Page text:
Ajayi stated that this infiltration of quacks in fertility treatment has increased the number of Nigerians travelling abroad for IVF treatments that is available in the country.

He said, “We cannot allow this to continue. Many women have lost millions of naira to quacks in the name of IVF. They are now confused as to where to go because they have done it in one or two clinics in Nigeria and it failed.

“So, it is those who can afford it that can even travel to the United Kingdom for treatment. It is another form of medical tourism that should be discouraged.

“Government must regulate it to protect Nigerians and also stop the millions of naira they spend in foreign hospitals on IVF when it can be done here.”

Professor of Gyneacology and Obstetrics at the Lagos University Teaching Hospital, Idi-Araba and co-pioneer of IVF in Nigeria, Osato Giwa-Osagie,  agrees with Ajayi that lack of regulation has also encouraged unethical practices, such as the transfer of multiple embryos in spite of the dangers it poses to both mother and child.

Giwa-Osagie said that though the ideal practice was the transfer of a single embryo to reduce complications and health risks, many fertility clinics in the country continue to transfer more than two embryos.

According to him, multiple pregnancies has an increased chance of resulting in miscarriage, premature birth and  the mothers often experience a lot of complications including high blood pressure, especially in Nigeria where there is poor maternal health care.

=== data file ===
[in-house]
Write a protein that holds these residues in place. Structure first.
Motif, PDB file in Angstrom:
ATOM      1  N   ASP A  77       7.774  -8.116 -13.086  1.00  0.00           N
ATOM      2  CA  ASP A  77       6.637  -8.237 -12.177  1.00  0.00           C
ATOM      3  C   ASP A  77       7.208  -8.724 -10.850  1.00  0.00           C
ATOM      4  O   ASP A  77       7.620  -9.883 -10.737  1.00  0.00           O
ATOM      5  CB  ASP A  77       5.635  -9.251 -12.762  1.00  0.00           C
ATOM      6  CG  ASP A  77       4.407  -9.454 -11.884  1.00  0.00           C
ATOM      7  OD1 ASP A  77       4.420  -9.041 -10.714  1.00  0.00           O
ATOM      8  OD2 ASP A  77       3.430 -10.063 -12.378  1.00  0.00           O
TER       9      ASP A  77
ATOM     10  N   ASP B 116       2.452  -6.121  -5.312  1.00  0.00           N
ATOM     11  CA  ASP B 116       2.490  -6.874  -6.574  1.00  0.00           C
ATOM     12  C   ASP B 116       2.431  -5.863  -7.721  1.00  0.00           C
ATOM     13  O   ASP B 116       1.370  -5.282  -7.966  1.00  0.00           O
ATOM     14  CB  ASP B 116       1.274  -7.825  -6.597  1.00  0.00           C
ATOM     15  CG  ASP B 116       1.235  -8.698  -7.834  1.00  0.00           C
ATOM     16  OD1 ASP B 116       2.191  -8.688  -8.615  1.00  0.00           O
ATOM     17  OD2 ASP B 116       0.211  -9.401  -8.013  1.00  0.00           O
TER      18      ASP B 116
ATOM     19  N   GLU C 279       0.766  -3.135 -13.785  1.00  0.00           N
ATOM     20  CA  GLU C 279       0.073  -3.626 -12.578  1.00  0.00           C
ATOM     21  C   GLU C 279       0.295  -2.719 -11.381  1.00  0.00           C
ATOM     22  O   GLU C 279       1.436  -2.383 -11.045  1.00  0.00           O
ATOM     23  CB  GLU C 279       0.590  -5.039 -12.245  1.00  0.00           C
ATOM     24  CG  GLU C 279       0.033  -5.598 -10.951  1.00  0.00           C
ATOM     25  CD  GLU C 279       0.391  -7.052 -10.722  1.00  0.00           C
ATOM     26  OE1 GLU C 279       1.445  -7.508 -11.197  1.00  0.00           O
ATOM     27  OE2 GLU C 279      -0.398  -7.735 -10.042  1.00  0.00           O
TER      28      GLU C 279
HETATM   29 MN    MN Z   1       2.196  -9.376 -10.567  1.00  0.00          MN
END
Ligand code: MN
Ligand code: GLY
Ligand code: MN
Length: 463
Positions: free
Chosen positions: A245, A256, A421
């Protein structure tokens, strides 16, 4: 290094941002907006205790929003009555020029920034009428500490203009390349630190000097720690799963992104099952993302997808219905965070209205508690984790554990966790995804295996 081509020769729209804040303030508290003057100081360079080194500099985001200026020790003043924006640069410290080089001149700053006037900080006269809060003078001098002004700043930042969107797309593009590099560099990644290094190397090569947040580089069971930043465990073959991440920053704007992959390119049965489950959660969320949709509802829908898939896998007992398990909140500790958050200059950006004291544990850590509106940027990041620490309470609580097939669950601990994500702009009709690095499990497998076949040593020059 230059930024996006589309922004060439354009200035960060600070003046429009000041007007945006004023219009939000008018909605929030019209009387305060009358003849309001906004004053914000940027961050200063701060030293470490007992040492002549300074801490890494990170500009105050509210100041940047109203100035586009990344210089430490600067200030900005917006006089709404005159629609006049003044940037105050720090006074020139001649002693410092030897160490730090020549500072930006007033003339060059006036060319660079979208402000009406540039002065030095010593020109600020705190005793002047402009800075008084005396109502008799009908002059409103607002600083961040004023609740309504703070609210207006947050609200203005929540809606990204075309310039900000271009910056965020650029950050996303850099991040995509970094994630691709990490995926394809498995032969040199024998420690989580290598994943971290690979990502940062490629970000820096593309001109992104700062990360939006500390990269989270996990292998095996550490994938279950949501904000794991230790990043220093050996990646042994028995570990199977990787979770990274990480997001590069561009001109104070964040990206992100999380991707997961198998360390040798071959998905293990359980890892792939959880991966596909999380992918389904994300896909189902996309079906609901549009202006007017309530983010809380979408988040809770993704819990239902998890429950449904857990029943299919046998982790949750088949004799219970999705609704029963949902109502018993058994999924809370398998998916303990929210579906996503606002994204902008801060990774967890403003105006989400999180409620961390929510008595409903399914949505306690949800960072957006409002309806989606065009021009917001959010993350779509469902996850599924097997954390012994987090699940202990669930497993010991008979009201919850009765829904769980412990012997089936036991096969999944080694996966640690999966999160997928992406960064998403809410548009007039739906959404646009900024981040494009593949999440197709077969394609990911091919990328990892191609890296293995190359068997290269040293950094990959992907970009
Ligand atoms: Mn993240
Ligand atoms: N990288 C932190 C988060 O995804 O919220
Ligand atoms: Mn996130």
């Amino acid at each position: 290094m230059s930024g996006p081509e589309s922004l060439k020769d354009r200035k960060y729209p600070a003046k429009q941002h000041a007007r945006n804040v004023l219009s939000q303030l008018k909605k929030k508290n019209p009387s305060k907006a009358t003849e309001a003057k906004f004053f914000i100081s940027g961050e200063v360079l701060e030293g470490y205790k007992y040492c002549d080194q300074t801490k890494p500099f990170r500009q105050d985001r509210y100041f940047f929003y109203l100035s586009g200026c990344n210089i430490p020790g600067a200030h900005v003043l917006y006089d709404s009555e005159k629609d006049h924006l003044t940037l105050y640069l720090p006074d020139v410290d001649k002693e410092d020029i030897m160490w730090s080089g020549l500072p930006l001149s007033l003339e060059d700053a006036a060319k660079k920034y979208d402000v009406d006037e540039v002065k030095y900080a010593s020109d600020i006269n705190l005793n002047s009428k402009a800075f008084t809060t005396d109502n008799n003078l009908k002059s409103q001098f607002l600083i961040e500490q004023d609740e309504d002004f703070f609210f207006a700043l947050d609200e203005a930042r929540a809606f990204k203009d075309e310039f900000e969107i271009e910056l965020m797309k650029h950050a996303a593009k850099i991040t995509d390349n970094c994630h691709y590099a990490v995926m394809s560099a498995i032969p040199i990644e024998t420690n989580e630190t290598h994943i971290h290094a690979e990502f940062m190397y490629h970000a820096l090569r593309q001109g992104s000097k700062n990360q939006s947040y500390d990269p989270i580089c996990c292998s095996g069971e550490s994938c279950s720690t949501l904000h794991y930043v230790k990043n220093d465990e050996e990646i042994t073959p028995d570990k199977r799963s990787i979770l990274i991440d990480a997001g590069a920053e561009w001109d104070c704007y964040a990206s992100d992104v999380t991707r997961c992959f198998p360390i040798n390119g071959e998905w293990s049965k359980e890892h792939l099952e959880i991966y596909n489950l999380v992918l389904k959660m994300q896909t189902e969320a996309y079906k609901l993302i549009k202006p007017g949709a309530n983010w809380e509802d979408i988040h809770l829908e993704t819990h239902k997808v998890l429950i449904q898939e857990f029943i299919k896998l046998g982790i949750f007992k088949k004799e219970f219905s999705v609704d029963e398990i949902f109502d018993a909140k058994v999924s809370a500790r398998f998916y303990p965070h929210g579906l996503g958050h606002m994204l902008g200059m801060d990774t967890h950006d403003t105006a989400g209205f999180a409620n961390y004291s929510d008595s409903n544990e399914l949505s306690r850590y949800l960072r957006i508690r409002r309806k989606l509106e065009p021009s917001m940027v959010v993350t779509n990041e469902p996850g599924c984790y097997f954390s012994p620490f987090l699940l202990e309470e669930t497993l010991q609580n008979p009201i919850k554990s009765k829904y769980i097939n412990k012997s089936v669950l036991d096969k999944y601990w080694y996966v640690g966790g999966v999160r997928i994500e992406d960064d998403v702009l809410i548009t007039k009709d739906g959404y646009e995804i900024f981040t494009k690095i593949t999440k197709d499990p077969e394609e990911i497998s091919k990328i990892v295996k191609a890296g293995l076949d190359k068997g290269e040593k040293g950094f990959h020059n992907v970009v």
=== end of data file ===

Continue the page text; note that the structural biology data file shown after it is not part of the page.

Giwa-Osagie said,“ Multiple transfers are also more likely to result in premature birth  and premature babies are more likely to have congenital problems like cerebral palsy or birth asphyxia. But the practice now is that women who have conceived through IVF have twins, triplets and even quadruplets.

“These doctors endanger the lives of the mother and the babies because when you transfer more than two embryos, you may have more than two babies. When you have three, four babies or more, the complications for the mother and babies are much higher than when you have one.

“In exceptional circumstances, the people who are over 40 may take three because their fertility rate is low. But people should not transfer more than two.”

While canvassing the regulation of the procedure, he noted that such would serve as a check for practitioners who have been making false claims to lure fertility challenged couples to their clinics.

Giwa-Osagie said, “Many claim that they have 60 per cent pregnancy rate when in actual fact it is 25, just to entice women to patronise their clinics. But if it is regulated, we can verify such claims by the number of babies that are born and it will form a basis for licensing of practitioners.

“We must regulate how many embryos should be transferred. We must determine what qualifies you to operate an IVF clinic and what should be the qualification of doctors who offer infertility treatments”
 
by Bukola Adebayo